Carihi’s fly fishing program has had a successful first semester as a full-fledged course.
The program, previously an after school club guided by Carihi teacher Nicholas Pisterzi, took off in September as an elective course occurring within the timetable.
“[This program] is growing and has grown since it started,” says Pisterzi. “I feel very lucky to teach it and like it’s something very unique that [Carihi] has offered.”
The course has been offered to students of all ages and levels of experience, and is designed to teach students to form a connection with their environment through fly fishing while being safe and respectful.
“I think a lot of people enjoyed it [because] they didn’t have to be in a brick-and-mortar all the time,” says Pisterzi. “We go out, visit the rivers, catch fish, [and] have a good time. I would teach some techniques along the way, or [we would have] people come in [to the class] or go out with us, we really built a community.”
Fly fishing is a skill-based course, and students learn a variety of fishing skills, such as fly tying, casting techniques, knot tying and fish identification.
“I knew nothing [about fly fishing] at all,” says Fiona Nobles, a Grade 9 student and enthusiastic fly fisher. “I didn’t even know it was a thing! But I’ve gone from that to being able to actually cast and tie my own flies.”
One of the major focuses of last semester’s fly fishing course was environmental conservation, and the class spent one afternoon picking up 20 bags worth of garbage.
“My favourite part of the course was learning about how our waste makes its way to the ocean, how it comes back to us,” says Nobles.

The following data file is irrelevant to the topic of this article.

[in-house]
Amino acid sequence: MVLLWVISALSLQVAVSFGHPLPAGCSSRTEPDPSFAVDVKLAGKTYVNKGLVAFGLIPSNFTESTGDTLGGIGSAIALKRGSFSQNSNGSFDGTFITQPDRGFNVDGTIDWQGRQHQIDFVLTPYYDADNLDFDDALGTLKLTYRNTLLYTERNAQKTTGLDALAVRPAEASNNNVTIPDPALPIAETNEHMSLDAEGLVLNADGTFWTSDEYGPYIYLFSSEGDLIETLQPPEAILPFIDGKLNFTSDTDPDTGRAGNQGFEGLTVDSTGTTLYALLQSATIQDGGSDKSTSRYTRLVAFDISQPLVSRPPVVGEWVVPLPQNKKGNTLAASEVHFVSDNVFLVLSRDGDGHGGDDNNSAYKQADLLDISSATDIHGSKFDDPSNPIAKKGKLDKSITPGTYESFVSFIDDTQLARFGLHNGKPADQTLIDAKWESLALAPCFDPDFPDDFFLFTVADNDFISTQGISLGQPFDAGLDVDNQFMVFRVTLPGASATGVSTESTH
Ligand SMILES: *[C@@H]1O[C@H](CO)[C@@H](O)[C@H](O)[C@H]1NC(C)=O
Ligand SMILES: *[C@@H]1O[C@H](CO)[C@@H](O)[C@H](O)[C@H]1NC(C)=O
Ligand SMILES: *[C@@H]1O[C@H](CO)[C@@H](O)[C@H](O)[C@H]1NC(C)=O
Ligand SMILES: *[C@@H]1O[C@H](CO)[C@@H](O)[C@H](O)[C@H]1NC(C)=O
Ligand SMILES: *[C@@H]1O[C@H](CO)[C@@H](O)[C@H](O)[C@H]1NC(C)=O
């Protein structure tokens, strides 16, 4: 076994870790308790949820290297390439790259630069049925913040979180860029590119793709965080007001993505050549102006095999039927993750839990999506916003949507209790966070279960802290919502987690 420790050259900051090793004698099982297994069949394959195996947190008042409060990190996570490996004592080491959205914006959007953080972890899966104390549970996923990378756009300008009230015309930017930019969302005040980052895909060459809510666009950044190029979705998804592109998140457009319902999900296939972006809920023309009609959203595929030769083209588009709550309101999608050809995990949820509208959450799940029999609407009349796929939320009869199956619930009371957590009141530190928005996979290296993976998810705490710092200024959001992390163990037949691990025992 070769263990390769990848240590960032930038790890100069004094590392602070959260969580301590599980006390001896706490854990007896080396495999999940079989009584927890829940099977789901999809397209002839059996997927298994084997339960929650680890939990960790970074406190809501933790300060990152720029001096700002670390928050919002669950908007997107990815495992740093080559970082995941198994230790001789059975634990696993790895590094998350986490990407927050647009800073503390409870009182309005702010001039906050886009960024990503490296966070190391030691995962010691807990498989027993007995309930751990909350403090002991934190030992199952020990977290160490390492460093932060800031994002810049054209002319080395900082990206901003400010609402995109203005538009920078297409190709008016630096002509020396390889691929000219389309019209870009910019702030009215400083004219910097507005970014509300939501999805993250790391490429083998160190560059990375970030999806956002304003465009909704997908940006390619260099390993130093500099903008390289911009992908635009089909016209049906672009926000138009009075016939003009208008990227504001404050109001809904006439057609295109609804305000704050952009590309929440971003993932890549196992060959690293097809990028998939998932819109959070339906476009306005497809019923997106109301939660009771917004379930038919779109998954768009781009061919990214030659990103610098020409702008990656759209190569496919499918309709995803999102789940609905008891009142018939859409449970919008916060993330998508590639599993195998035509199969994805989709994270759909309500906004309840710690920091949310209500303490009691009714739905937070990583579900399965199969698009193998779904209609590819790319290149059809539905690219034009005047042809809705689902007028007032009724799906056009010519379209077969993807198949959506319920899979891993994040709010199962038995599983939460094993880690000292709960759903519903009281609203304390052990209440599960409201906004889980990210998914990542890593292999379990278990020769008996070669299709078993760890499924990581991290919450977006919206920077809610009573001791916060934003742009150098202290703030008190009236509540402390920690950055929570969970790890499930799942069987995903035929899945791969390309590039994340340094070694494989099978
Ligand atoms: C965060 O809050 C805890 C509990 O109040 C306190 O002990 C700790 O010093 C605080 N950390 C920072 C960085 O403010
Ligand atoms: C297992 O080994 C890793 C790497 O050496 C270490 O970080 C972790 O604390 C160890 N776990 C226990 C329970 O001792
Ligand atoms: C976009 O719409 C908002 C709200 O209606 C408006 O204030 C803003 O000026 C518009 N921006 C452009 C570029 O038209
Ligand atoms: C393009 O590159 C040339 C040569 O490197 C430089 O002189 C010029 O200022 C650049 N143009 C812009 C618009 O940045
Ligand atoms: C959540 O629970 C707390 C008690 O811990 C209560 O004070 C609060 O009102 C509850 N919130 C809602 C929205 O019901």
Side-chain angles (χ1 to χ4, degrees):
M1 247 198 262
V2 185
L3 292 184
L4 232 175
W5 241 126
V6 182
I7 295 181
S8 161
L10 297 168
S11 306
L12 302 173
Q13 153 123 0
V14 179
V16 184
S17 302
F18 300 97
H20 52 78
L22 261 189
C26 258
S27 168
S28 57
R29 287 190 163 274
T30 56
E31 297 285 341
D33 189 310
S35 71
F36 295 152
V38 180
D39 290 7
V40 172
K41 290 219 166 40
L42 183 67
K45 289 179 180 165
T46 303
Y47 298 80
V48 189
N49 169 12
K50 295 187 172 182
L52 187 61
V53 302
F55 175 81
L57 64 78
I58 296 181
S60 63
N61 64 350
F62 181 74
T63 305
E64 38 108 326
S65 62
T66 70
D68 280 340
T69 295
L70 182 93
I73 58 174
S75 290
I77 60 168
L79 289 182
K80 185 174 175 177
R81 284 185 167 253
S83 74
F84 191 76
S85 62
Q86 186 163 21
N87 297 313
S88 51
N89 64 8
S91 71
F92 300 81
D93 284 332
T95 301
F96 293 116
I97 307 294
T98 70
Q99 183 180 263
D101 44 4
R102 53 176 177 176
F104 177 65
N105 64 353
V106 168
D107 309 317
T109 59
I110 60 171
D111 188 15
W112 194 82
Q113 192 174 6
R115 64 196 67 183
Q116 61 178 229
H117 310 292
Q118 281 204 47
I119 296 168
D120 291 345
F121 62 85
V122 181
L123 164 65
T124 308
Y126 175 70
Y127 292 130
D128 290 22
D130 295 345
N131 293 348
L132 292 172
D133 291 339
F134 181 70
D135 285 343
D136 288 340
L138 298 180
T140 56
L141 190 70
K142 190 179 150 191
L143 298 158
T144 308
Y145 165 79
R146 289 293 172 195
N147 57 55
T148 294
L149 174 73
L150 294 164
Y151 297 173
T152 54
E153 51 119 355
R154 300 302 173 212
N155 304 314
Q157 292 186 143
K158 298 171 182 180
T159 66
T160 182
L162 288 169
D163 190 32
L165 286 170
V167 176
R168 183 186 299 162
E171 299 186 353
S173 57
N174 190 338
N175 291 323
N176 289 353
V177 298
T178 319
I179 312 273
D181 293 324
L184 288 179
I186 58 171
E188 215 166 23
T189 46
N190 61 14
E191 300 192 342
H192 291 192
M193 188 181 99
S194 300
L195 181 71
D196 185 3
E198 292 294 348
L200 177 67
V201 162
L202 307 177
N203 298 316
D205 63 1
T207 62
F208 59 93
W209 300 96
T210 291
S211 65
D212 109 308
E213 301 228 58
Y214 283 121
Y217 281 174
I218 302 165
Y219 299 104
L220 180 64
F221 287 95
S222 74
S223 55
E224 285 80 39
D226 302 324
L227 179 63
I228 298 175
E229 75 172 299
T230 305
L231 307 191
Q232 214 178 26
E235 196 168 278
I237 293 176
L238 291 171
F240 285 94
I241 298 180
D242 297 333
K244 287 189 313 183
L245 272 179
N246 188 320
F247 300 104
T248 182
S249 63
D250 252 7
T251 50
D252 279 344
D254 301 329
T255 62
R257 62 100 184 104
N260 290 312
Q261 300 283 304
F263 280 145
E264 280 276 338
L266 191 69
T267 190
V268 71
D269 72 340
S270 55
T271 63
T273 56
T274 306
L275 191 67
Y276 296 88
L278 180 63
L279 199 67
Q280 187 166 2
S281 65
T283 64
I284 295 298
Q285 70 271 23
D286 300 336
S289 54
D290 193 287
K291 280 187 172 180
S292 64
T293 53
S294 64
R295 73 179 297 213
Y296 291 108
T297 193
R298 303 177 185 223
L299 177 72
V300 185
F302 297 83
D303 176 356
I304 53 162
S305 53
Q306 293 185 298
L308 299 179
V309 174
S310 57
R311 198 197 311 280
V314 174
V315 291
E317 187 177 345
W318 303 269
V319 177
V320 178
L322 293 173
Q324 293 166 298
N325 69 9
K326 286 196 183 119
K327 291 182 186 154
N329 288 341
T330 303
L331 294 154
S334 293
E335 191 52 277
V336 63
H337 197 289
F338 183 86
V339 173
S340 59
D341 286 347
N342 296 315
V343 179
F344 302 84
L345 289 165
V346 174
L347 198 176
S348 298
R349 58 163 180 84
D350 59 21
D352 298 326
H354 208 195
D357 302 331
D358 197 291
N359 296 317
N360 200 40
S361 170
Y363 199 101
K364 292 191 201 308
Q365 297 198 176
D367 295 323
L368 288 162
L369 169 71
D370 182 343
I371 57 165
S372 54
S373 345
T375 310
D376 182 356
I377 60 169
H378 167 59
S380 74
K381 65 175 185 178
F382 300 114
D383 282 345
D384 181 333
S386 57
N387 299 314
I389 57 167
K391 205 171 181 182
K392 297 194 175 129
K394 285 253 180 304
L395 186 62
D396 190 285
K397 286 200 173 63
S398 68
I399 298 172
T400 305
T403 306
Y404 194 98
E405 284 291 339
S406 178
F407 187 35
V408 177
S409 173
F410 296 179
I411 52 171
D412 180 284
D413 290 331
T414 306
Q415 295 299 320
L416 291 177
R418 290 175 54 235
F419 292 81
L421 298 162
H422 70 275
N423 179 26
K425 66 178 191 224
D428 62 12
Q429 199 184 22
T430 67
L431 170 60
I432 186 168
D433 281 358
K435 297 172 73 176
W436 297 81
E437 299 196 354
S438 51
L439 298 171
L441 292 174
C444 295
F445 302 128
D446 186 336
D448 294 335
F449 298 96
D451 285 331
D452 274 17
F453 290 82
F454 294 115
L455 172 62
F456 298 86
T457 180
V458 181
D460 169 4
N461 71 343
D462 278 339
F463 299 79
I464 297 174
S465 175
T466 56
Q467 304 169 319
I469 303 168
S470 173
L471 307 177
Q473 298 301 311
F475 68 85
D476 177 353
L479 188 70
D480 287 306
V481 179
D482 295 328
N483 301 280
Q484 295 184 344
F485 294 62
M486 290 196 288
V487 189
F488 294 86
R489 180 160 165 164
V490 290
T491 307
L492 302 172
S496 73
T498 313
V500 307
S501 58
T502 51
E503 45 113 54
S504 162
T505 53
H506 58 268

The fly fishing program at Carihi has formed many partnerships in Campbell River with organizations including Greenways Land Trust, the City of Campbell River, and, of course, School District 72.
“We partnered up with [Greenways] and did things like streamkeeping. We borrowed gear from the City of Campbell River the school district kicked in money for gear and equipment,’ says Pisterzi. “We’ve been very fortunate with our sponsors and are really grateful for their help.”
One of the biggest challenges that the course has had in getting off the ground is accessing enough gear for all students.
“What you would fish with for salmon, you wouldn’t [use for] different species,” says Pisterzi. “[We’re] fortunate to have sponsors, [but] there is still a gap between the student need and what we have.”
Pisterzi hopes that future fly fishing courses will run twice a year, with the first semester (autumn) focusing on salmon fishing and the second semester (spring) on trout fishing.
“It’s [evolving] and progressing,” says Pisterzi. “It has been a real pleasure to teach.”